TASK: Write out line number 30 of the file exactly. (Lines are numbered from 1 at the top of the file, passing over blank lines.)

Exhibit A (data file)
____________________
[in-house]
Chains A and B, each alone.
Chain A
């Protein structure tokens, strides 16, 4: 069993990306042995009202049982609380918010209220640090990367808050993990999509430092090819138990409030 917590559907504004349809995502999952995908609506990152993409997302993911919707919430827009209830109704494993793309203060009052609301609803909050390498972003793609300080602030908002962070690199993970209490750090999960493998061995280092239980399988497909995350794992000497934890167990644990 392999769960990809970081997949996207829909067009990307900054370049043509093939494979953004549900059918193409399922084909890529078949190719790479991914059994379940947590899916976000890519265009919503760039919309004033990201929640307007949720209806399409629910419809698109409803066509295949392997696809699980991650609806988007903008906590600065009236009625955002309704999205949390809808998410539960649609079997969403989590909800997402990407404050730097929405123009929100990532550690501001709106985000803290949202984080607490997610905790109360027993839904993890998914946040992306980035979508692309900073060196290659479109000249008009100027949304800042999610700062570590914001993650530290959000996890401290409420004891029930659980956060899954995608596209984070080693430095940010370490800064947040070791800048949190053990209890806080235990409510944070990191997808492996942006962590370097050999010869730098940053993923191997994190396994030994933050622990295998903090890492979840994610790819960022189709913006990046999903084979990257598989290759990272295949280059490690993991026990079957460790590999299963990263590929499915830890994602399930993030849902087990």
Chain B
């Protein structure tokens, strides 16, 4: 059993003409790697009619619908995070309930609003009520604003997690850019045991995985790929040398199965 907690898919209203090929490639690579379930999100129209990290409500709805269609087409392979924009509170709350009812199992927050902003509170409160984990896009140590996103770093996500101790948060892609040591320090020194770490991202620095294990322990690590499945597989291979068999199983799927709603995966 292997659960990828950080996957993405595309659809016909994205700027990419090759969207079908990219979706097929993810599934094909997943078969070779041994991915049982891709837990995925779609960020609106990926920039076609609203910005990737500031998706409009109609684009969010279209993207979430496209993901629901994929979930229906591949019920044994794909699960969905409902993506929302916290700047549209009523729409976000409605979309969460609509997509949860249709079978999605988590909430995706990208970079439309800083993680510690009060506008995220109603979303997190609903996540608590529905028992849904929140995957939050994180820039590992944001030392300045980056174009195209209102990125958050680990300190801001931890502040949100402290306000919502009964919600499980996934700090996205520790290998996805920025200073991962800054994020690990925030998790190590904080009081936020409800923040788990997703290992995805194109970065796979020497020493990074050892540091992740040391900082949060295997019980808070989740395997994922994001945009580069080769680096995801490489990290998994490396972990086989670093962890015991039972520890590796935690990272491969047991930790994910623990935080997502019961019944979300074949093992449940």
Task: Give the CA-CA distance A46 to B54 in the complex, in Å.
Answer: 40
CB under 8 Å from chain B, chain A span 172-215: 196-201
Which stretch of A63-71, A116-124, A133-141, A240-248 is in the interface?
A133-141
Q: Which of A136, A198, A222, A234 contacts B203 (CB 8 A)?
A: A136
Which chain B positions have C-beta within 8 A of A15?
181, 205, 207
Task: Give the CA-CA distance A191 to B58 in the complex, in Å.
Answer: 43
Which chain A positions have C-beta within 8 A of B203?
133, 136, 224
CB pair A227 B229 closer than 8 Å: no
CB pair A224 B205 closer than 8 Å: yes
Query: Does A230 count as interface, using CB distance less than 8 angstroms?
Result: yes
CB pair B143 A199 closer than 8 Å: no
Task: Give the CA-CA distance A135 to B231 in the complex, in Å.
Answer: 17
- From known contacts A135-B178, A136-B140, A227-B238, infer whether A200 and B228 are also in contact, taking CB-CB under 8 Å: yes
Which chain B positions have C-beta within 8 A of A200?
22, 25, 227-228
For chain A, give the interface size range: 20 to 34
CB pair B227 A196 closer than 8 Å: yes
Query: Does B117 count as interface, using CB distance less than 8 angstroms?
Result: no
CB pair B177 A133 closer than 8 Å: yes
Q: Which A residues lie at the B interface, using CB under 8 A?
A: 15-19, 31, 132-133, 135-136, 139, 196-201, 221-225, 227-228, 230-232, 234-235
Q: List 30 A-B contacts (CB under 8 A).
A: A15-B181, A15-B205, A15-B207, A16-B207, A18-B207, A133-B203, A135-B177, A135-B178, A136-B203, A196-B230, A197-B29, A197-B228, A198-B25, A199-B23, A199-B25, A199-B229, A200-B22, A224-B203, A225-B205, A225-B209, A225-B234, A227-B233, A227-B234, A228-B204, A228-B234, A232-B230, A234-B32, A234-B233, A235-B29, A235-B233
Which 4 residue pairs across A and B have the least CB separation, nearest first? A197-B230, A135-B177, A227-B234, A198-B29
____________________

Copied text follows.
For chain A, give the interface size range: 20 to 34